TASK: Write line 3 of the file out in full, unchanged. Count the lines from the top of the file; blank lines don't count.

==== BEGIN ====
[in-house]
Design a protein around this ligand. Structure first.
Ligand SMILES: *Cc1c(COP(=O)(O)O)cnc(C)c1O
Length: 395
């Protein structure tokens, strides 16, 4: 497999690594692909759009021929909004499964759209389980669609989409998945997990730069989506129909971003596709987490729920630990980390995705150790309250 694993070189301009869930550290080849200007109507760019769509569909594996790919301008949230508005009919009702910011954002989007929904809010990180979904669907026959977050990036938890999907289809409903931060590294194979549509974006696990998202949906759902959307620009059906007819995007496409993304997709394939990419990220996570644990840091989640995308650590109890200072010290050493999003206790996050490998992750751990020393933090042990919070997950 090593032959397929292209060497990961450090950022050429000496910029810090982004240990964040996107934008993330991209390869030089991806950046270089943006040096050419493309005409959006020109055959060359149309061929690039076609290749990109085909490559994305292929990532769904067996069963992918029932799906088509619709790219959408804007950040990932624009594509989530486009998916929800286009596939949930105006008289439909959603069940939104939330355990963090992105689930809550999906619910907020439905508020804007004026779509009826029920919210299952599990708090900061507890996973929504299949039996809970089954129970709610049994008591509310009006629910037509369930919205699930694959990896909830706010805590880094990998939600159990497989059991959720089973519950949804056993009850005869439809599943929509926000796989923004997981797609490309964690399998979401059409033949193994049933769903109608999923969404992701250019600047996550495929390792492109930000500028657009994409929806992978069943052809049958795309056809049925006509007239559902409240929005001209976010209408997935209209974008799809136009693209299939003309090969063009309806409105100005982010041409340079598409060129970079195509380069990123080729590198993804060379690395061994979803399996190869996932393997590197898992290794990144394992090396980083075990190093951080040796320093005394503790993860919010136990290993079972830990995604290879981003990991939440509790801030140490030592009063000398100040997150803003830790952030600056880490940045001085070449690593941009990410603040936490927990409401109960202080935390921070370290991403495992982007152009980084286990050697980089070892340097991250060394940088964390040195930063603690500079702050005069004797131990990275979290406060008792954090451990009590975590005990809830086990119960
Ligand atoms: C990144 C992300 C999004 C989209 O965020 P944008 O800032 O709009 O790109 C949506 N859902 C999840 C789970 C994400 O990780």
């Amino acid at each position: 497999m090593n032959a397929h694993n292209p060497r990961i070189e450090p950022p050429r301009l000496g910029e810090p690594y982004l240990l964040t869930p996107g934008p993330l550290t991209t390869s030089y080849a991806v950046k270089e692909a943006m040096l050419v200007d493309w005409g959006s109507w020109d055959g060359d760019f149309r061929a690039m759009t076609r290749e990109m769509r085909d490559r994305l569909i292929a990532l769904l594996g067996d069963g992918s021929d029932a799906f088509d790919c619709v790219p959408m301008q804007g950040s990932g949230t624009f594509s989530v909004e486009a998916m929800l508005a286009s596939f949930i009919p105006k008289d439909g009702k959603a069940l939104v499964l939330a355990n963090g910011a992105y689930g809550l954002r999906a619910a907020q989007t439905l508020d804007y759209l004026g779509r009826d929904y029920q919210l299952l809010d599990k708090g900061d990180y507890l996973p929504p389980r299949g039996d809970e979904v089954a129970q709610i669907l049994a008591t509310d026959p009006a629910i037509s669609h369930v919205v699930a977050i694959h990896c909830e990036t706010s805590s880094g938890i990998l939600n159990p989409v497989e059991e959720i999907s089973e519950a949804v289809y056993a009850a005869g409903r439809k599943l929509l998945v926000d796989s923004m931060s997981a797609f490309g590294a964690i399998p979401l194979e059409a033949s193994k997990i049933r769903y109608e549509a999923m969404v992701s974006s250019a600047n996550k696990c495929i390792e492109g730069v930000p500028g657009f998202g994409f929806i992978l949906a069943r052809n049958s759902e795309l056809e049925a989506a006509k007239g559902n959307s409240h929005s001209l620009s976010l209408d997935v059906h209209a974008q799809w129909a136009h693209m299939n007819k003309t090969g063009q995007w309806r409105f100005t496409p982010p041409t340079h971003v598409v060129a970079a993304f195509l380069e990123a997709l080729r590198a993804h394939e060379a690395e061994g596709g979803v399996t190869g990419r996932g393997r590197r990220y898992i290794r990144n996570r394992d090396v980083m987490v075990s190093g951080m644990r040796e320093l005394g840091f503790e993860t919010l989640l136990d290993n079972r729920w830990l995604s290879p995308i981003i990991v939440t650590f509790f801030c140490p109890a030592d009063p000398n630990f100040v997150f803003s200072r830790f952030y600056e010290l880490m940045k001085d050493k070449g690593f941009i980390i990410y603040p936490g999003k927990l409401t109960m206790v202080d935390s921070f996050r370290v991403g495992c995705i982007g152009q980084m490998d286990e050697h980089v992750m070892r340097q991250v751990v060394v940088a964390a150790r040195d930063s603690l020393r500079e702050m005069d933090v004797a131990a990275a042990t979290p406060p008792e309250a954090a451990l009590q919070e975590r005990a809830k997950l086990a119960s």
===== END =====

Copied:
Ligand SMILES: *Cc1c(COP(=O)(O)O)cnc(C)c1O